The last “Nugget of Rockford History” question brought many responses and lots of information. I asked for the name of the man who had a bakery on Courtland Street in the area where Ward’s Barber Shop is today. Several readers called with a correct answer of Johnny Green. Then, it started to get interesting!
Paul Blakeslee called to tell me that a family with the last name of Caster had a bakery in that location before Mr. Green and his wife owned it. Paul said “ My dad (Wayne Blakeslee) used to own the property and sold it to the Casters.” Shortly after, I received a nice letter from Eleanor Porter Grifhorst . She graduated from Rockford High School 1940 (Eleanor DeBoer) and was a classmate of Arlene Caster the daughter of Mr. and Mrs. Caster. Mrs. Grifhorst confirmed that the Caster husband and wife team ran a bakery there in the 1930’s and 1940’s.
Many Rockford residents will remember Eleanor as the wife of Darcy Porter (RHS 1935). Their four children (Phyllis, Ron, Charles and Darcia) were also all Rockford High School graduates. Darcy and Eleanor were docents at our museum on Saturdays and donated several things, including her 1922 baby book and his campaign button collection, to the museum archives. Eleanor wrote “I was born in Rockford, so it is special to me.” My thanks to Mrs. Grifhorst for her letter and support.
So, there were two correct answers to the question (Green and Caster). Those who called with the Johnny Green answer had only positive comments about the Greens and their bakery. After talking with readers, I wished that I could have sampled some of the baked goods. Here are a few responses concerning their products: Edna Norman “They had the best cinnamon rolls I have ever tasted” ; Ruth Graves “Their donuts were great but you had to get there early because they only made one batch”; Bob Winegar “They made the best cookies. They were large and they only cost five cents”; Sharon Berry “I often bought a glazed donut on my way to school. They were good but I might have been a little messy when I got to class”.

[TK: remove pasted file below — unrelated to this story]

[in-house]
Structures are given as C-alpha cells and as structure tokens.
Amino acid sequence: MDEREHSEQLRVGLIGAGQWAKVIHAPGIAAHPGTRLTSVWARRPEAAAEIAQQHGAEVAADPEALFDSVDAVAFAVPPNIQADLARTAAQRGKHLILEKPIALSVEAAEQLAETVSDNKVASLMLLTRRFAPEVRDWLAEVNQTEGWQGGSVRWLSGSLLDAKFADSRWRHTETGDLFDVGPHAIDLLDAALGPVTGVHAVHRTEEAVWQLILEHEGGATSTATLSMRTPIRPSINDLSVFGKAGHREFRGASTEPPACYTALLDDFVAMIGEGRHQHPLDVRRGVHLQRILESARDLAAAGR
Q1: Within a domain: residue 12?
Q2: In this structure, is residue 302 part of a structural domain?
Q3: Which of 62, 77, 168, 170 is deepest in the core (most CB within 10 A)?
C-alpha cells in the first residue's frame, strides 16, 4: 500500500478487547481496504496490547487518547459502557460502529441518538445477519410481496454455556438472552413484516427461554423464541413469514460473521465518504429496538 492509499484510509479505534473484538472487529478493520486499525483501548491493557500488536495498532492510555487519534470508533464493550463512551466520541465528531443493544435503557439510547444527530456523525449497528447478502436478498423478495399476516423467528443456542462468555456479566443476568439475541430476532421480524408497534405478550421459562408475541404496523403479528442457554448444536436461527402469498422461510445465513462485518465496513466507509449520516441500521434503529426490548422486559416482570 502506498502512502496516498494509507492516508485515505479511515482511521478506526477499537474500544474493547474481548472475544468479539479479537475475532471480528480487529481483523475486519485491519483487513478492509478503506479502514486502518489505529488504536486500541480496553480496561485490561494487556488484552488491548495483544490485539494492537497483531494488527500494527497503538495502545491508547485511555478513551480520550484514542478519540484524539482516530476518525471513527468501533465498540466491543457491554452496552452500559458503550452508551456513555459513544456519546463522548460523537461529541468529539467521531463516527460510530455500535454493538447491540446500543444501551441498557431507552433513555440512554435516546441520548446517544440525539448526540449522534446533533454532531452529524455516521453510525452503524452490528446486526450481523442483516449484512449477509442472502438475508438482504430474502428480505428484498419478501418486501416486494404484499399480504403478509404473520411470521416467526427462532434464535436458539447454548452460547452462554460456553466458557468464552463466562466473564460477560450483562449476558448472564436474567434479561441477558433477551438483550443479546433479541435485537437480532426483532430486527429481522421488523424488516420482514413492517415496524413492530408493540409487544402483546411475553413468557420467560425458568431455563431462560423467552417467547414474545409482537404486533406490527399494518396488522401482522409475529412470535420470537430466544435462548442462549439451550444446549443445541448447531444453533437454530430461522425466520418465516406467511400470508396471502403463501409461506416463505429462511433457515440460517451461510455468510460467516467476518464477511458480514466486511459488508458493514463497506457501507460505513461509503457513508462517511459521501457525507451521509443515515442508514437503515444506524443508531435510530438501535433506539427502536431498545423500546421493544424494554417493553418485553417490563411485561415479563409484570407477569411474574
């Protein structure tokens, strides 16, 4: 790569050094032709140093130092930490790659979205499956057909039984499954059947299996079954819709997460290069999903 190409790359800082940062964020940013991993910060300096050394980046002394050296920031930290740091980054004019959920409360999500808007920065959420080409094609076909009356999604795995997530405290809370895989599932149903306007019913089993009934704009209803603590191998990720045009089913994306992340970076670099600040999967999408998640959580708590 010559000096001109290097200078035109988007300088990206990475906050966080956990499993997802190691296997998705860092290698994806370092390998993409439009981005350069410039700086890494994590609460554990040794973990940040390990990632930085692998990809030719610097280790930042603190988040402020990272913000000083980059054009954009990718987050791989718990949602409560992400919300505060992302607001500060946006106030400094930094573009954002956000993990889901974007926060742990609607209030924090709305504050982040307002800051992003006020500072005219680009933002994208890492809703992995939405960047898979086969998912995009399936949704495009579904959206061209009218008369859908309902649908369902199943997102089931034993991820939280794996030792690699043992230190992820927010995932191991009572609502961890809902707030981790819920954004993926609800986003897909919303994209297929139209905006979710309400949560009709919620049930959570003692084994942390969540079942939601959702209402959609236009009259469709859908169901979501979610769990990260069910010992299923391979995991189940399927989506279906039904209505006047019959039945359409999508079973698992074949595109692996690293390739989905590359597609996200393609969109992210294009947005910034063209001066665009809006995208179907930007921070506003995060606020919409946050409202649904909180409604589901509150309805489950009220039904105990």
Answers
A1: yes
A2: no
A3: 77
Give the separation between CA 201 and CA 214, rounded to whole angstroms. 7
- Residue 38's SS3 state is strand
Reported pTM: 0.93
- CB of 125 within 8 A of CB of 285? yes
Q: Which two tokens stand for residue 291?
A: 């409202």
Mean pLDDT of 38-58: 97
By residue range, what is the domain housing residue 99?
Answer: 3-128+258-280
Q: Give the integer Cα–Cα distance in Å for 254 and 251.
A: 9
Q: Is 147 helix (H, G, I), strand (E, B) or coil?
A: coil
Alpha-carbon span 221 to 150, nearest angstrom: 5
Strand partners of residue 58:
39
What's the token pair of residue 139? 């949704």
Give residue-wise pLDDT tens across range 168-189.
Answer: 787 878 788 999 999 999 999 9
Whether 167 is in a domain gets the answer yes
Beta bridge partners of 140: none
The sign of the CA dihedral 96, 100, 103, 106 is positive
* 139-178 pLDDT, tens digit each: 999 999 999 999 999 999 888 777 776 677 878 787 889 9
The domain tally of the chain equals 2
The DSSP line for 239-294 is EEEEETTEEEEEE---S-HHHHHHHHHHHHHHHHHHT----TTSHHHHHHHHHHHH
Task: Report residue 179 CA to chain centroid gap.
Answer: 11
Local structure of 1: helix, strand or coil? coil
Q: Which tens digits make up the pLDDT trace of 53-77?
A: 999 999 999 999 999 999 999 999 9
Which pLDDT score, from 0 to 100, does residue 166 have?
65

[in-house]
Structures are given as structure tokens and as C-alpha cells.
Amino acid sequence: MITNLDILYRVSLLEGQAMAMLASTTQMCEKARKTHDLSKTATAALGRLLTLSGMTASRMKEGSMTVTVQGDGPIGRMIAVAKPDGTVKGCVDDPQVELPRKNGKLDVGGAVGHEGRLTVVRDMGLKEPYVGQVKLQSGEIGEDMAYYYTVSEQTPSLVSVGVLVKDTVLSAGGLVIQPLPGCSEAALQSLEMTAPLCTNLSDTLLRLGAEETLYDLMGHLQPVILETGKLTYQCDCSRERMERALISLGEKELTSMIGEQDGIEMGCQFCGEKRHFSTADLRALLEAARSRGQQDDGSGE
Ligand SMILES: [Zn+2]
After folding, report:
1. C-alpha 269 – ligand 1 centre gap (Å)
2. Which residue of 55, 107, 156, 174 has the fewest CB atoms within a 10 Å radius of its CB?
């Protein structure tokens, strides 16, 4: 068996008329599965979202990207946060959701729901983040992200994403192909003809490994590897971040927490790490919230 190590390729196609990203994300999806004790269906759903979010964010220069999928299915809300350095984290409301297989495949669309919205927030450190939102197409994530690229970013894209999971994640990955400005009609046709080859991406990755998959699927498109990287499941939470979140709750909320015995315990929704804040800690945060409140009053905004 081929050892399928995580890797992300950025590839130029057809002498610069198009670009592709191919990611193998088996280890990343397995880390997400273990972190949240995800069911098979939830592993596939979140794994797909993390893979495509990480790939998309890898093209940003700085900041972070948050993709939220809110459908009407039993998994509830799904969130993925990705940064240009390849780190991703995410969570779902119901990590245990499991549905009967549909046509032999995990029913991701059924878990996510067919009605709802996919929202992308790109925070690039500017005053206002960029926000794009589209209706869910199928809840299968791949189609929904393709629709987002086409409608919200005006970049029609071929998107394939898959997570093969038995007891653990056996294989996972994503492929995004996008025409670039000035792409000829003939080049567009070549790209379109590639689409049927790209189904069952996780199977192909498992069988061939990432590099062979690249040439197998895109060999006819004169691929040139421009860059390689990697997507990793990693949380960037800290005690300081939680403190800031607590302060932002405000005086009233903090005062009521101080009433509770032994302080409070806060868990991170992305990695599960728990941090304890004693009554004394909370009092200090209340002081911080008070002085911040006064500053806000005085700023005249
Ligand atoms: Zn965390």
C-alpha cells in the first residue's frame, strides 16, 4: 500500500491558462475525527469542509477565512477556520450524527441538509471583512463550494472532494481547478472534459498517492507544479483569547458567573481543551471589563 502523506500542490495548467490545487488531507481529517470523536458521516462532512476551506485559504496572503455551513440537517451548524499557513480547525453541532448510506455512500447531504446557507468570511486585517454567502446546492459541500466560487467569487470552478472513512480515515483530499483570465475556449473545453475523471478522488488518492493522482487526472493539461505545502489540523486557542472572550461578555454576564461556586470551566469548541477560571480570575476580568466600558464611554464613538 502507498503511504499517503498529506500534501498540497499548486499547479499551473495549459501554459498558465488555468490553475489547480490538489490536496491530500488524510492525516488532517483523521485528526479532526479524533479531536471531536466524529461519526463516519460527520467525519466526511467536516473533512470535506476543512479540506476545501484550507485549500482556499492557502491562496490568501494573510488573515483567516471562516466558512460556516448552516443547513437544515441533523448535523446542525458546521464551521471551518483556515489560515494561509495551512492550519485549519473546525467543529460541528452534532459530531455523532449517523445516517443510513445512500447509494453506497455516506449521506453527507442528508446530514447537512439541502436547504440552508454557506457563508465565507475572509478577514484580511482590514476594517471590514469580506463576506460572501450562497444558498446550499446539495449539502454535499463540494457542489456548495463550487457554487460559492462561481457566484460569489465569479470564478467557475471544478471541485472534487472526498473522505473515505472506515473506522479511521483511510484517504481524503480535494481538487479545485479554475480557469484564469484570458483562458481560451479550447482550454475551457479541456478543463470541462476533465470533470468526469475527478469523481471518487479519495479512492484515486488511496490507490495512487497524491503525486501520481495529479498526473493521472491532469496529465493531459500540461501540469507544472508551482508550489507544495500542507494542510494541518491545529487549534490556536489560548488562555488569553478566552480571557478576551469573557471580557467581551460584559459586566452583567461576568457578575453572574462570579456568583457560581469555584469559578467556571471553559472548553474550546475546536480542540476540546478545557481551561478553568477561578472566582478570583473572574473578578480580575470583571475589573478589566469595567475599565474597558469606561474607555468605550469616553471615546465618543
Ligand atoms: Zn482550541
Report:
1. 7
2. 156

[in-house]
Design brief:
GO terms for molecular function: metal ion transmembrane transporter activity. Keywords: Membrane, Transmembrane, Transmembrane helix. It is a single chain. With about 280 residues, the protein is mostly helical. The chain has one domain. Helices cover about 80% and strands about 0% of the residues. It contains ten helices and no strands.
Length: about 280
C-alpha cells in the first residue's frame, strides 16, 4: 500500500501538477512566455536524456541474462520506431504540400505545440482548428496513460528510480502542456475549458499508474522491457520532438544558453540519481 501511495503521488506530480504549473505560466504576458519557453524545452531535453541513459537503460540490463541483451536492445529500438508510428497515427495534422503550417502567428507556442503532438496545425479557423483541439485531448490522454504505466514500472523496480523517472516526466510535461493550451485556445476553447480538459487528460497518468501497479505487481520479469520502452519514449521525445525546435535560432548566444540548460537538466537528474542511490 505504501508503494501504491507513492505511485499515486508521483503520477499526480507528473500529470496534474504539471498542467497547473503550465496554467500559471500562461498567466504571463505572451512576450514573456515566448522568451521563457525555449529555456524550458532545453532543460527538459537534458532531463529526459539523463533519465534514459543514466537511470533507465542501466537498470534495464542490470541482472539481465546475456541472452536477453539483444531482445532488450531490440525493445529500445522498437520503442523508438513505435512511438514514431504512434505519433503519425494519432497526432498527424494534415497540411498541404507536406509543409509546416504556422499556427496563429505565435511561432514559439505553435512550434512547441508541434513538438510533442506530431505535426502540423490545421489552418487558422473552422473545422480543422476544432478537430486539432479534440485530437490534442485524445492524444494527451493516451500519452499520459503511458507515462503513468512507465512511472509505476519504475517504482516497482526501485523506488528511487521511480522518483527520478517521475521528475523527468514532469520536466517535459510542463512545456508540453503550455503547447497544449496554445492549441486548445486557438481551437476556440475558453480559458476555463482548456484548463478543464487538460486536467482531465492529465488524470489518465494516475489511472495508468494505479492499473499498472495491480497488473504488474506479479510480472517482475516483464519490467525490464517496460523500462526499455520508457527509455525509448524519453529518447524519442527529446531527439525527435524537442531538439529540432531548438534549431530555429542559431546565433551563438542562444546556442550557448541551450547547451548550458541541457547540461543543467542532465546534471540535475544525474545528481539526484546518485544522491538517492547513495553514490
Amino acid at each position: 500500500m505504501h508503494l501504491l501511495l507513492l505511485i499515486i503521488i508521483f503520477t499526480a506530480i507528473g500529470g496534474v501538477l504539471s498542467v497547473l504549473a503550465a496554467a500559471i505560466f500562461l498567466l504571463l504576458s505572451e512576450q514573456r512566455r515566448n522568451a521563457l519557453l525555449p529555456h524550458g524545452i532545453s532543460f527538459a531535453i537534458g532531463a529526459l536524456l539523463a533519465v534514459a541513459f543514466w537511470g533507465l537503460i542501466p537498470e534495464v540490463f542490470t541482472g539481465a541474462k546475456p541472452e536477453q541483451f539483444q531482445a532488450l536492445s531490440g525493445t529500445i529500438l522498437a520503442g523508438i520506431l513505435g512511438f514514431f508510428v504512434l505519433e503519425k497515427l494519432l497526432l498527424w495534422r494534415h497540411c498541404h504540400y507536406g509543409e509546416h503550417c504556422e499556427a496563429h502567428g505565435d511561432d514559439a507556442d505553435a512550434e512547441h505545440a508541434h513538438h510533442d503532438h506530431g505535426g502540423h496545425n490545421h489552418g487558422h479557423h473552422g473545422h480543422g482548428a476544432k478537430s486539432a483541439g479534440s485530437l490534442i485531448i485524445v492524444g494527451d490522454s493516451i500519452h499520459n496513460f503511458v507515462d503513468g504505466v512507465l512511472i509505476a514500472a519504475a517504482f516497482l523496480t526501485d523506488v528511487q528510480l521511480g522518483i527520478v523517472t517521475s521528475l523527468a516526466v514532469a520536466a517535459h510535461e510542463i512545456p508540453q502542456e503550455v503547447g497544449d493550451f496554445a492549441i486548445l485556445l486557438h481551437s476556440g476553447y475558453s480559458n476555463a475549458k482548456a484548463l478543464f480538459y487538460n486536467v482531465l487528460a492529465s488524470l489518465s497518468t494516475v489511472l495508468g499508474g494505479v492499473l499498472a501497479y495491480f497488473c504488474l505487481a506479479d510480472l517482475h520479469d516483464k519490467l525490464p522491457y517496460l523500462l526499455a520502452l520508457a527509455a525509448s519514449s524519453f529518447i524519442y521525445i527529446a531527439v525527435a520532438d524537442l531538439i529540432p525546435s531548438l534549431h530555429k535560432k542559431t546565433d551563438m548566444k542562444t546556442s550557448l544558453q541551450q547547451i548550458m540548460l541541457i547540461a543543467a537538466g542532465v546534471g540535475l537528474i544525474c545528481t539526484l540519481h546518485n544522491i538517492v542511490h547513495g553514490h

Bob Boyer, a Rockford teacher, remembered ordering donuts from the Greens to sell as a fundraiser for the Hi-Y club. “They were so good that we kept having to increase our order total. When we got up to about twelve dozen, Mr. Green contacted me and said that he couldn’t do it anymore. We found another place out of Grand Rapids to supply us, but the donuts were not nearly as good.”
Bonnie Bovee Orvis called from Tacoma, Washington. “My mother worked for Mr. Green. He was a nice guy who treated everyone well. I went into his bakery one day and told him who I was. Later, he called my mother to tell her he had met me. He cared about people!” Paul Blakeslee added “He was a real nice guy. I know that he bought clothes and shoes for a large family who couldn’t afford it.”
Ric Farmer, Lue Hawkins, Marty Vogel and Lee Paull also knew that Mr. Green was the answer. My thanks to all for their interest and their responses. If I made any errors, please let me know (616-866-0530).
Here is a new “Nugget” question. Today, a statue of a civil war soldier stands next to the Community Cabin. It was moved to that location from another place. “What building was it beside immediately before it was moved?” Contact me with your answers (by July 26).
Finally, the historical society will have some things for sale during the “Sidewalk Sales” but only on Friday, July 19. We will be at the old museum site, so stop by to check it out!